Ultimate electric driving machine? Yes, it’s the BMW i3 e-car
The smart ‘leccy car from the folks at Bayerische Motoren Werke
Inside, the i3 is awash with strange fabrics and materials, all of which are sustainable and recycled or recyclable. It’s painfully modern and open plan, a bit like driving an Ikea show home, but still a perfectly nice place to spend an afternoon. It all feels very well made too. The driver environment, meanwhile, is dominated by the 6.5- and 5.5-inch LCD displays mounted on the dash.
The i3 has a 6.5-inch LCD in place of traditional instrumentation
The latter serves as the driver’s instrument binnacle, the former houses the highly connected communication and navigation system. Drive is selected through a rather strange twisty-knob to the right of the steering wheel. You simply turn to D, R, N or Park after pressing the on/off button and away you go. From the pictures, the i3 may not look an easy car to get accustomed to but trust me, it is.
Thanks to the carbon-fibre passenger compartment there’s no need for strengthening b-pillars so the i3’s coach doors open to provide very easy access to the surprisingly spacious interior much like a Ford B-Max. Leg room all around is generous with more than enough space for five six-foot adults.
Thanks to the electric motor, the boot is not exactly deep but at 260 litres it’s not bad. The REX version has the same size boot as the BEV despite having to house a petrol engine.
The drive selector
The i3 has telematics coming out of its ears. The satnav can show you a real-time range map and take you to free charge points. BMW is working with Chargemaster to give i3 owners access to 85 per cent of the charge points in the UK in an effort to overcome the Balkanisation of the e-car charging network.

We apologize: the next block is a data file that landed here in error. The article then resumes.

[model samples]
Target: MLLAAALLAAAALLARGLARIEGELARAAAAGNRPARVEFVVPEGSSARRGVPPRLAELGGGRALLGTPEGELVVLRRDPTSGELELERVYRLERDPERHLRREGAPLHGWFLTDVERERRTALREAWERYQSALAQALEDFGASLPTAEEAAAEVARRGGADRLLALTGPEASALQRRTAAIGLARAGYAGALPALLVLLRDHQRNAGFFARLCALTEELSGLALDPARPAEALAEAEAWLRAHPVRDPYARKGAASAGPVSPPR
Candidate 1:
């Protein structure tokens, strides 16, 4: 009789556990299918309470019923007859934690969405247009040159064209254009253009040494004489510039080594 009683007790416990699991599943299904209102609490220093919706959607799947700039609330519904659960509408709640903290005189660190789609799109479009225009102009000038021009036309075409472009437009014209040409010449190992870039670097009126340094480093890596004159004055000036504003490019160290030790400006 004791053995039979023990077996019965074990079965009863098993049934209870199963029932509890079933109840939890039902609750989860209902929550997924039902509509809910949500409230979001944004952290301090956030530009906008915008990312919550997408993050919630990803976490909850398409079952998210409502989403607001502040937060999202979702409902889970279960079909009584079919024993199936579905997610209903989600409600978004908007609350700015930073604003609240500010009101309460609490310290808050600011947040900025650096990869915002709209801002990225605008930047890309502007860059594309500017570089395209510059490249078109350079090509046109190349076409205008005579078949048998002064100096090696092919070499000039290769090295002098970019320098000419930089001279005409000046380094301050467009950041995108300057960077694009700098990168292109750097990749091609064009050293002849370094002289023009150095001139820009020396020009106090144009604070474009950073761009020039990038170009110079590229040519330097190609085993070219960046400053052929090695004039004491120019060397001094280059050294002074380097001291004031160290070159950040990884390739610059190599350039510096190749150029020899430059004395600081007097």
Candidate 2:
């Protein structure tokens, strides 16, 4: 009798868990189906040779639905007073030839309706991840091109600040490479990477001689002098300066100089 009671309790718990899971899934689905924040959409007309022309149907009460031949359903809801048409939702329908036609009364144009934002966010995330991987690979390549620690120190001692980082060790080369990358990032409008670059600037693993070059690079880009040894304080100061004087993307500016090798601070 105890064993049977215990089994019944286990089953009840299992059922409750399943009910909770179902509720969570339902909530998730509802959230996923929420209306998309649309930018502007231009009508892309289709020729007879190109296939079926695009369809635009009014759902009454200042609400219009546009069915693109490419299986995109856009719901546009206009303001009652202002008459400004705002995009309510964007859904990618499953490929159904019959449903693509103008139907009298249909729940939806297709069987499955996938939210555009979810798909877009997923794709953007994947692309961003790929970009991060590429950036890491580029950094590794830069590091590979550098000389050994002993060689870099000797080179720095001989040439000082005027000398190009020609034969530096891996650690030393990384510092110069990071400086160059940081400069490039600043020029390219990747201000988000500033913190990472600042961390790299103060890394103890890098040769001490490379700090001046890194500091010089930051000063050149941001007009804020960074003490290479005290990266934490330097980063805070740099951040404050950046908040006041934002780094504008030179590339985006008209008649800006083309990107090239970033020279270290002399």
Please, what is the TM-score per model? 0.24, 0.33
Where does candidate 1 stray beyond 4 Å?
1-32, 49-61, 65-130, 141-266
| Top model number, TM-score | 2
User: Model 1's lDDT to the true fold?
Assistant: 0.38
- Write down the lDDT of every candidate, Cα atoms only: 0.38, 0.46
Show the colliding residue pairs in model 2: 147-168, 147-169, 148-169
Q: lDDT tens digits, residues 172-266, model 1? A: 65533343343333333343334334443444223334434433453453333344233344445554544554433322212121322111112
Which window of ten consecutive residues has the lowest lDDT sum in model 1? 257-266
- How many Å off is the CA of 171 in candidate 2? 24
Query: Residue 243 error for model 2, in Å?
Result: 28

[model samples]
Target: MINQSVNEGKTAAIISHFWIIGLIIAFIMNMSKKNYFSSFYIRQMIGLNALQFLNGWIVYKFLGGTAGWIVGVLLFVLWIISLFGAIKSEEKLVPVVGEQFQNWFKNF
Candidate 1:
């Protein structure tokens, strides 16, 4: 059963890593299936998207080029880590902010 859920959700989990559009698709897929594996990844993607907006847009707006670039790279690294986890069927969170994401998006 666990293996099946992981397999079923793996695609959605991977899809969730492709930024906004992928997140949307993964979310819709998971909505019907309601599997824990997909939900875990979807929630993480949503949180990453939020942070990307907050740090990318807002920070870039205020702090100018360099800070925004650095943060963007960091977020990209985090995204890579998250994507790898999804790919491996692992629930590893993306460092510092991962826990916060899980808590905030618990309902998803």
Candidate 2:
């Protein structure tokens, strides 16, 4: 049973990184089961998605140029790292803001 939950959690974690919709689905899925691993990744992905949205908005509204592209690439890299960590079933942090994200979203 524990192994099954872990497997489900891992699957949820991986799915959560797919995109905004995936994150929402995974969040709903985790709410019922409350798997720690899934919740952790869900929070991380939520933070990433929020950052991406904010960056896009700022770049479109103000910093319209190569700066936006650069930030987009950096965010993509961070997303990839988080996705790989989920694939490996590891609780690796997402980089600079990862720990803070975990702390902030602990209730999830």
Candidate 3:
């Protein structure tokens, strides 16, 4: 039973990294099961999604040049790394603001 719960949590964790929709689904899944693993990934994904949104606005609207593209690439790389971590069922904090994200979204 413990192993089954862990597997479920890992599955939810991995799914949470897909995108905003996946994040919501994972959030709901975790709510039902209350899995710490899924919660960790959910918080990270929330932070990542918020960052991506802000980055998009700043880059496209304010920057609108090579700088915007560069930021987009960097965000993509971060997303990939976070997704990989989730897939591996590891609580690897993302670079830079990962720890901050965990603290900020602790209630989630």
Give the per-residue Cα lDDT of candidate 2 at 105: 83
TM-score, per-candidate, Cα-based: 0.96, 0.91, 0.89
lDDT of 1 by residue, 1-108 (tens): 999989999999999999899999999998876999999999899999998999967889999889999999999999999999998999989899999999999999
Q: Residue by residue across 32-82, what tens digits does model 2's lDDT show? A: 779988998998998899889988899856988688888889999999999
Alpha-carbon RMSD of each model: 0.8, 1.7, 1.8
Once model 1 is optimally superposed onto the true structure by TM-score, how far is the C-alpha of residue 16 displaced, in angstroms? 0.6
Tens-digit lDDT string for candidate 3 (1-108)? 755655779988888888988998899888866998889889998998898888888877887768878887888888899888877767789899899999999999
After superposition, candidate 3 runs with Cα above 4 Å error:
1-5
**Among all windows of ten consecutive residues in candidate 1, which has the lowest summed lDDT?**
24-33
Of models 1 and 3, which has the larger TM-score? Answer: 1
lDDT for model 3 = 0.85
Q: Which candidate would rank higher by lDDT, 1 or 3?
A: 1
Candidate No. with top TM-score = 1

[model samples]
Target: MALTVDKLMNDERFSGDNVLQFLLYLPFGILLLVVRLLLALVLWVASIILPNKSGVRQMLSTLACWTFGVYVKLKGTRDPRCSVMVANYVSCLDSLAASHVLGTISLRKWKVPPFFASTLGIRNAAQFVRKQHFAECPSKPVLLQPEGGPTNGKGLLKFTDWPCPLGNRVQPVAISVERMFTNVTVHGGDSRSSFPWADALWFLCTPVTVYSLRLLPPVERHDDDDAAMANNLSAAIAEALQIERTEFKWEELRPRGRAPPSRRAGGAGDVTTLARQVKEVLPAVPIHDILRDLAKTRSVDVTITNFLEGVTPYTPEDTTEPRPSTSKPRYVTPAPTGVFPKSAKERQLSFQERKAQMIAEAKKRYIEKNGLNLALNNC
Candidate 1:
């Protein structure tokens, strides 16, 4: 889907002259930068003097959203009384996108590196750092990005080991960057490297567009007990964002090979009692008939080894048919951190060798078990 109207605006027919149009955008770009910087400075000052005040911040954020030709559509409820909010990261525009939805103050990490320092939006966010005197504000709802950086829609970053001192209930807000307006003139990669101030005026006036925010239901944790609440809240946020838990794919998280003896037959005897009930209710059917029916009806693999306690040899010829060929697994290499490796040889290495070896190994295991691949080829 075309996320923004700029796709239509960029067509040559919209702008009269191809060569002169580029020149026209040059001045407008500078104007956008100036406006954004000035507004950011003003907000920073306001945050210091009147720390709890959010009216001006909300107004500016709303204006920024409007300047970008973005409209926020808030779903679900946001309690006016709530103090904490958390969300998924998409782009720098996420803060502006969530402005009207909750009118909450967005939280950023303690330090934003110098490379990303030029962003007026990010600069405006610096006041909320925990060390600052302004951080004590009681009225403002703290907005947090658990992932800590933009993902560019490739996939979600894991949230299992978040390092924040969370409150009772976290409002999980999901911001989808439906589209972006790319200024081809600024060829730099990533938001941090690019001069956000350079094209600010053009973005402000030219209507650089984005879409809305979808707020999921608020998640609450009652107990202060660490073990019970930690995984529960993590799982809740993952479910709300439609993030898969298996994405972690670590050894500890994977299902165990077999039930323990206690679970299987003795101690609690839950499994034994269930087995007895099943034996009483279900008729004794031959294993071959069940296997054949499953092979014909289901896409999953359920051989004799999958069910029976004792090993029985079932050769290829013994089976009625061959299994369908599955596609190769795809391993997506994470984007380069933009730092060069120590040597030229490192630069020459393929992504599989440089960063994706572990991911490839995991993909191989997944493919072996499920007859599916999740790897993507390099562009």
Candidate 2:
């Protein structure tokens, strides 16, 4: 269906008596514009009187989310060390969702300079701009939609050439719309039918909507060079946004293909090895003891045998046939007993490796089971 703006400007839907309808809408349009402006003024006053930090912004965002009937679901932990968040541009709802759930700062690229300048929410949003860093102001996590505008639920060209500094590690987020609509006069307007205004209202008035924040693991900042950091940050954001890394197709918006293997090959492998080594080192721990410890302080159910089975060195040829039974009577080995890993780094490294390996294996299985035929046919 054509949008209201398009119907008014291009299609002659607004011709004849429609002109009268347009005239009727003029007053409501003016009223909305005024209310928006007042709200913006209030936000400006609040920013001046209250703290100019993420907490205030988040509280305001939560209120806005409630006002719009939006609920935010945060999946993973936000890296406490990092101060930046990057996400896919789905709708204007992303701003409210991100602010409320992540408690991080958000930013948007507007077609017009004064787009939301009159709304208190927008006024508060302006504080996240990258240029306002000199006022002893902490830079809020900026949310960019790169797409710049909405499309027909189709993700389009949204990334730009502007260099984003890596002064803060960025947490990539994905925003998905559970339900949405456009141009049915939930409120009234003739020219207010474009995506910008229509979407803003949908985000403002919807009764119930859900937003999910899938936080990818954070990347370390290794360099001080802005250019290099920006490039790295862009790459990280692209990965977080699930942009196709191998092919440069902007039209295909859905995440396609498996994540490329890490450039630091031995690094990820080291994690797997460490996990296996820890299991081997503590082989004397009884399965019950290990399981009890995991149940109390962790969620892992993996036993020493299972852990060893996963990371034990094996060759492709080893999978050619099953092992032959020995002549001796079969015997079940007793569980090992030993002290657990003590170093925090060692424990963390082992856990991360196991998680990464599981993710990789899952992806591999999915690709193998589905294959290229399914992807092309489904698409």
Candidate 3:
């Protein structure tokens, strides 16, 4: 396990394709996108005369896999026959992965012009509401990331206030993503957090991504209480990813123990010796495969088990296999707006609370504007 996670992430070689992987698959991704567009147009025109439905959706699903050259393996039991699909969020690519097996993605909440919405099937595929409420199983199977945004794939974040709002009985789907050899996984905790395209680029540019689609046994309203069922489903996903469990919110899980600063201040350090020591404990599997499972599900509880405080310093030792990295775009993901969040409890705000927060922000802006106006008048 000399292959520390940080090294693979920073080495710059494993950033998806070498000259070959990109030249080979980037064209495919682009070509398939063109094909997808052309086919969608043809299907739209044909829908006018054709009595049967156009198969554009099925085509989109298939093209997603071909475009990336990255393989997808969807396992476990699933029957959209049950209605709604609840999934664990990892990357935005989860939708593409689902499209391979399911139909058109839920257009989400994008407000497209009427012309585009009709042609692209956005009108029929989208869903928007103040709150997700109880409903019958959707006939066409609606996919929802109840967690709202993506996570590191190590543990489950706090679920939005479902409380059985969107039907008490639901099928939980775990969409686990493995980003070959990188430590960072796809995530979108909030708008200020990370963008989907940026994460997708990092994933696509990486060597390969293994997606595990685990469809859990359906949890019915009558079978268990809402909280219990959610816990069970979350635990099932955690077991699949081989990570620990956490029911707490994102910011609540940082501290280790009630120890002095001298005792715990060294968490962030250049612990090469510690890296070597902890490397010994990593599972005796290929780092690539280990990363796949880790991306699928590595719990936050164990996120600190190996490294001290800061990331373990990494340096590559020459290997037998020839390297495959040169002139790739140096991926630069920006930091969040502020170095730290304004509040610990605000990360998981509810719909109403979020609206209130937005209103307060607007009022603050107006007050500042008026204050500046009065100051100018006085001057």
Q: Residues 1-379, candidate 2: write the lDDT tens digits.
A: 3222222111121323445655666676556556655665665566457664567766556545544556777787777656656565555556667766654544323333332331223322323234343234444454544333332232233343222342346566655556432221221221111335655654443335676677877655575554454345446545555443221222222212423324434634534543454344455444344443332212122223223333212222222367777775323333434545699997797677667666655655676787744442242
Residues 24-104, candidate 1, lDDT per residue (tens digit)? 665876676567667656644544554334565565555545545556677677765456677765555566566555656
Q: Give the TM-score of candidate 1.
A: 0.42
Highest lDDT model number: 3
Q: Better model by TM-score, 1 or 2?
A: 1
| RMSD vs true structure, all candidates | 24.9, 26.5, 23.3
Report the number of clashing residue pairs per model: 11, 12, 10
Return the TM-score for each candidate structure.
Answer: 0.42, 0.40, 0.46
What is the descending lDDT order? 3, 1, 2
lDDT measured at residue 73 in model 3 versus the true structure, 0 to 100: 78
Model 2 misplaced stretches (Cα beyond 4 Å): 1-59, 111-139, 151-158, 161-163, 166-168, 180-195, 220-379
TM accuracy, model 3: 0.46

And there is the inevitable iOS and Android apps that will let you control and monitor your i3 while still in bed or on the loo. Apparently a Windows Phone 8 version is being developed.
BMW expects 70 per cent of the first i3s sold to be the REX models and to be purchased on a new personal lease scheme cooked up by the company’s finance and insurance division, though as it was quick to point out, the bulk of its smaller cars are sold in this fashion already and the numbers are only increasing.
Under the hood
People apparently like financing their cars like their mobile phones no matter what the drive train, and to this end BMW has come up what it calls the 360° Electric ownership package, full details here.
The Reg Verdict
Is the BMW i3 a better e-car than Renault’s Zoe? Yes, not least because it has a much more powerful motor but because it weighs a lot less and so goes like stink.
But that is like saying the Renault Clio isn’t as good as the BMW 1 Series. Price makes a mockery of the comparison. The i3 BEV at £25,680 OTR – the i3 REX will set you back £28,830 – is considerably more expensive than the £14,000 Zoe. Granted you have to lease the battery with the Zoe, but many people I’ve spoken with think that leasing the battery is a Good Idea because it removes any worry about the power pack degrading down the road.
Still, the i3 is a very impressive vehicle and lays to rest any claims that electric cars are fundamentally impractical. The fact that you can go out and chose between two such fine examples of the e-car makers’ art can only be regarded – by a rational person at least – as a most welcome state of affairs. ®